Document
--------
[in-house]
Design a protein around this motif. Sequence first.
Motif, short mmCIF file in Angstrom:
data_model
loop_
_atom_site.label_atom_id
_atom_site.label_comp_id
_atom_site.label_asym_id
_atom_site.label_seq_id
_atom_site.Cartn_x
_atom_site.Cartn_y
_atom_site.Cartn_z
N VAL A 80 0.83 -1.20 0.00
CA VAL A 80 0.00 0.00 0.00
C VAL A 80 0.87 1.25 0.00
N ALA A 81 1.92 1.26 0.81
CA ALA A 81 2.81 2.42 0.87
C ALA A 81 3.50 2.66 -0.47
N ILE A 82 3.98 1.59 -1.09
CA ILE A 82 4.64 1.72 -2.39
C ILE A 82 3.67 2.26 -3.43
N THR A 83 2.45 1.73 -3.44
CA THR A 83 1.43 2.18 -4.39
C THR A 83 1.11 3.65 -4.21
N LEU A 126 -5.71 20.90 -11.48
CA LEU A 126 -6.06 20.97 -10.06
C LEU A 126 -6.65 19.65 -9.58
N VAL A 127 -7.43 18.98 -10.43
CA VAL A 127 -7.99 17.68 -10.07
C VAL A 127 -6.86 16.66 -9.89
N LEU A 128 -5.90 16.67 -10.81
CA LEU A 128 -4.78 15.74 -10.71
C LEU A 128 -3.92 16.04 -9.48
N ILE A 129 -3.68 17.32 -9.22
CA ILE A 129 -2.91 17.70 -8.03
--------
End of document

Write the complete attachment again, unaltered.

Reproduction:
[in-house]
Design a protein around this motif. Sequence first.
Motif, short mmCIF file in Angstrom:
data_model
loop_
_atom_site.label_atom_id
_atom_site.label_comp_id
_atom_site.label_asym_id
_atom_site.label_seq_id
_atom_site.Cartn_x
_atom_site.Cartn_y
_atom_site.Cartn_z
N VAL A 80 0.83 -1.20 0.00
CA VAL A 80 0.00 0.00 0.00
C VAL A 80 0.87 1.25 0.00
N ALA A 81 1.92 1.26 0.81
CA ALA A 81 2.81 2.42 0.87
C ALA A 81 3.50 2.66 -0.47
N ILE A 82 3.98 1.59 -1.09
CA ILE A 82 4.64 1.72 -2.39
C ILE A 82 3.67 2.26 -3.43
N THR A 83 2.45 1.73 -3.44
CA THR A 83 1.43 2.18 -4.39
C THR A 83 1.11 3.65 -4.21
N LEU A 126 -5.71 20.90 -11.48
CA LEU A 126 -6.06 20.97 -10.06
C LEU A 126 -6.65 19.65 -9.58
N VAL A 127 -7.43 18.98 -10.43
CA VAL A 127 -7.99 17.68 -10.07
C VAL A 127 -6.86 16.66 -9.89
N LEU A 128 -5.90 16.67 -10.81
CA LEU A 128 -4.78 15.74 -10.71
C LEU A 128 -3.92 16.04 -9.48
N ILE A 129 -3.68 17.32 -9.22
CA ILE A 129 -2.91 17.70 -8.03